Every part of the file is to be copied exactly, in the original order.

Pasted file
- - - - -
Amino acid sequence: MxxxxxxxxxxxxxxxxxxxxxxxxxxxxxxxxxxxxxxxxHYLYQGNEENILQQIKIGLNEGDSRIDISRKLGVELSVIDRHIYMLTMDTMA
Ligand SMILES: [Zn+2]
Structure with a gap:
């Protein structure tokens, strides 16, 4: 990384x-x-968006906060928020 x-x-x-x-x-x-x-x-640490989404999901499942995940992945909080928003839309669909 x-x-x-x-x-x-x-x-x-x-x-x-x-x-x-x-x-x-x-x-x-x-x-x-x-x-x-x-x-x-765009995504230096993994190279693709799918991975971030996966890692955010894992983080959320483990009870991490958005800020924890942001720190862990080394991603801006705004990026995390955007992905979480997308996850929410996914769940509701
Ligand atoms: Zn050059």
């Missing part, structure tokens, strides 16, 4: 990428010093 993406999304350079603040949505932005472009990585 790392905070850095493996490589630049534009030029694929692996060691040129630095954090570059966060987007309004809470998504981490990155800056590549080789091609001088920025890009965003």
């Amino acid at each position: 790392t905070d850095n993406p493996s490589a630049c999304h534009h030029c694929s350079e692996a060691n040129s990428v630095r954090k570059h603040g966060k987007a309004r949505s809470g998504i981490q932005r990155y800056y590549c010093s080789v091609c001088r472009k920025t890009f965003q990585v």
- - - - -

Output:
Amino acid sequence: MxxxxxxxxxxxxxxxxxxxxxxxxxxxxxxxxxxxxxxxxHYLYQGNEENILQQIKIGLNEGDSRIDISRKLGVELSVIDRHIYMLTMDTMA
Ligand SMILES: [Zn+2]
Structure with a gap:
């Protein structure tokens, strides 16, 4: 990384x-x-968006906060928020 x-x-x-x-x-x-x-x-640490989404999901499942995940992945909080928003839309669909 x-x-x-x-x-x-x-x-x-x-x-x-x-x-x-x-x-x-x-x-x-x-x-x-x-x-x-x-x-x-765009995504230096993994190279693709799918991975971030996966890692955010894992983080959320483990009870991490958005800020924890942001720190862990080394991603801006705004990026995390955007992905979480997308996850929410996914769940509701
Ligand atoms: Zn050059």
């Missing part, structure tokens, strides 16, 4: 990428010093 993406999304350079603040949505932005472009990585 790392905070850095493996490589630049534009030029694929692996060691040129630095954090570059966060987007309004809470998504981490990155800056590549080789091609001088920025890009965003």
């Amino acid at each position: 790392t905070d850095n993406p493996s490589a630049c999304h534009h030029c694929s350079e692996a060691n040129s990428v630095r954090k570059h603040g966060k987007a309004r949505s809470g998504i981490q932005r990155y800056y590549c010093s080789v091609c001088r472009k920025t890009f965003q990585v």